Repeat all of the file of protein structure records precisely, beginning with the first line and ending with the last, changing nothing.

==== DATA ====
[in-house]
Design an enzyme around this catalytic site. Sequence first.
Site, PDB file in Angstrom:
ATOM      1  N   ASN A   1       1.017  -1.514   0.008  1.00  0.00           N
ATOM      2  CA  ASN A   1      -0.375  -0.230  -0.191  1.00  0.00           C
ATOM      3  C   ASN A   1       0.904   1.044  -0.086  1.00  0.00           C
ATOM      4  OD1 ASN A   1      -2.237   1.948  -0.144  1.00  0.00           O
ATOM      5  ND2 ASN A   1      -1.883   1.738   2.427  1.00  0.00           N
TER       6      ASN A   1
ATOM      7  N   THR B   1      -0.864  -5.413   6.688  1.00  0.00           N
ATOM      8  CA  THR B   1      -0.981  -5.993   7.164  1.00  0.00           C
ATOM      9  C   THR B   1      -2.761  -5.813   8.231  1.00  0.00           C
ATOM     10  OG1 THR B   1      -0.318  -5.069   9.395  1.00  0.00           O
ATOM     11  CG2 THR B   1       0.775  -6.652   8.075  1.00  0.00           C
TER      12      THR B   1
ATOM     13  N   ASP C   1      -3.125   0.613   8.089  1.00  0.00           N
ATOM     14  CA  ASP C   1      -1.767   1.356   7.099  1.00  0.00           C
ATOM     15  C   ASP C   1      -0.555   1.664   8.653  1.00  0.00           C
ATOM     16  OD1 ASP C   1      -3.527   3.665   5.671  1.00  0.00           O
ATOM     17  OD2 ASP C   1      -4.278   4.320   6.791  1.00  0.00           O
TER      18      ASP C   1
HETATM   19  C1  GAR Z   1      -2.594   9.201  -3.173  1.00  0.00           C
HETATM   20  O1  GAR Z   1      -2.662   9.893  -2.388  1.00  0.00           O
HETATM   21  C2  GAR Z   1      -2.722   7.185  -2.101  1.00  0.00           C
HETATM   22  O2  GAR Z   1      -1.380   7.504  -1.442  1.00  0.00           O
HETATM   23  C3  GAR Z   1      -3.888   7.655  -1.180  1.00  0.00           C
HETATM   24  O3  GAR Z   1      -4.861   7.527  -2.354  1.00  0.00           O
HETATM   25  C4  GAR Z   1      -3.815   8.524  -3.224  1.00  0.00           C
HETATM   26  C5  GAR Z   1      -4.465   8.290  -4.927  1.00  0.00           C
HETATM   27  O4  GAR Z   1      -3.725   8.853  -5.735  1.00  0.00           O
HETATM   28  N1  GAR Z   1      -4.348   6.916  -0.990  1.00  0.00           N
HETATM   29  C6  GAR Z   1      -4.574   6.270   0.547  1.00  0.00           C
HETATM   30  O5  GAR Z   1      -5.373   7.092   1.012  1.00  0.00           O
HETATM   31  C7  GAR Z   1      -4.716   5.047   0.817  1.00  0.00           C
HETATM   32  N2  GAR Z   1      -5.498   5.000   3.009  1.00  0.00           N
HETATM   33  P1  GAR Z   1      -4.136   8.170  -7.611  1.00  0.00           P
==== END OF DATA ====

[in-house]
Design an enzyme around this catalytic site. Sequence first.
Site, PDB file in Angstrom:
ATOM      1  N   ASN A   1       1.017  -1.514   0.008  1.00  0.00           N
ATOM      2  CA  ASN A   1      -0.375  -0.230  -0.191  1.00  0.00           C
ATOM      3  C   ASN A   1       0.904   1.044  -0.086  1.00  0.00           C
ATOM      4  OD1 ASN A   1      -2.237   1.948  -0.144  1.00  0.00           O
ATOM      5  ND2 ASN A   1      -1.883   1.738   2.427  1.00  0.00           N
TER       6      ASN A   1
ATOM      7  N   THR B   1      -0.864  -5.413   6.688  1.00  0.00           N
ATOM      8  CA  THR B   1      -0.981  -5.993   7.164  1.00  0.00           C
ATOM      9  C   THR B   1      -2.761  -5.813   8.231  1.00  0.00           C
ATOM     10  OG1 THR B   1      -0.318  -5.069   9.395  1.00  0.00           O
ATOM     11  CG2 THR B   1       0.775  -6.652   8.075  1.00  0.00           C
TER      12      THR B   1
ATOM     13  N   ASP C   1      -3.125   0.613   8.089  1.00  0.00           N
ATOM     14  CA  ASP C   1      -1.767   1.356   7.099  1.00  0.00           C
ATOM     15  C   ASP C   1      -0.555   1.664   8.653  1.00  0.00           C
ATOM     16  OD1 ASP C   1      -3.527   3.665   5.671  1.00  0.00           O
ATOM     17  OD2 ASP C   1      -4.278   4.320   6.791  1.00  0.00           O
TER      18      ASP C   1
HETATM   19  C1  GAR Z   1      -2.594   9.201  -3.173  1.00  0.00           C
HETATM   20  O1  GAR Z   1      -2.662   9.893  -2.388  1.00  0.00           O
HETATM   21  C2  GAR Z   1      -2.722   7.185  -2.101  1.00  0.00           C
HETATM   22  O2  GAR Z   1      -1.380   7.504  -1.442  1.00  0.00           O
HETATM   23  C3  GAR Z   1      -3.888   7.655  -1.180  1.00  0.00           C
HETATM   24  O3  GAR Z   1      -4.861   7.527  -2.354  1.00  0.00           O
HETATM   25  C4  GAR Z   1      -3.815   8.524  -3.224  1.00  0.00           C
HETATM   26  C5  GAR Z   1      -4.465   8.290  -4.927  1.00  0.00           C
HETATM   27  O4  GAR Z   1      -3.725   8.853  -5.735  1.00  0.00           O
HETATM   28  N1  GAR Z   1      -4.348   6.916  -0.990  1.00  0.00           N
HETATM   29  C6  GAR Z   1      -4.574   6.270   0.547  1.00  0.00           C
HETATM   30  O5  GAR Z   1      -5.373   7.092   1.012  1.00  0.00           O
HETATM   31  C7  GAR Z   1      -4.716   5.047   0.817  1.00  0.00           C
HETATM   32  N2  GAR Z   1      -5.498   5.000   3.009  1.00  0.00           N
HETATM   33  P1  GAR Z   1      -4.136   8.170  -7.611  1.00  0.00           P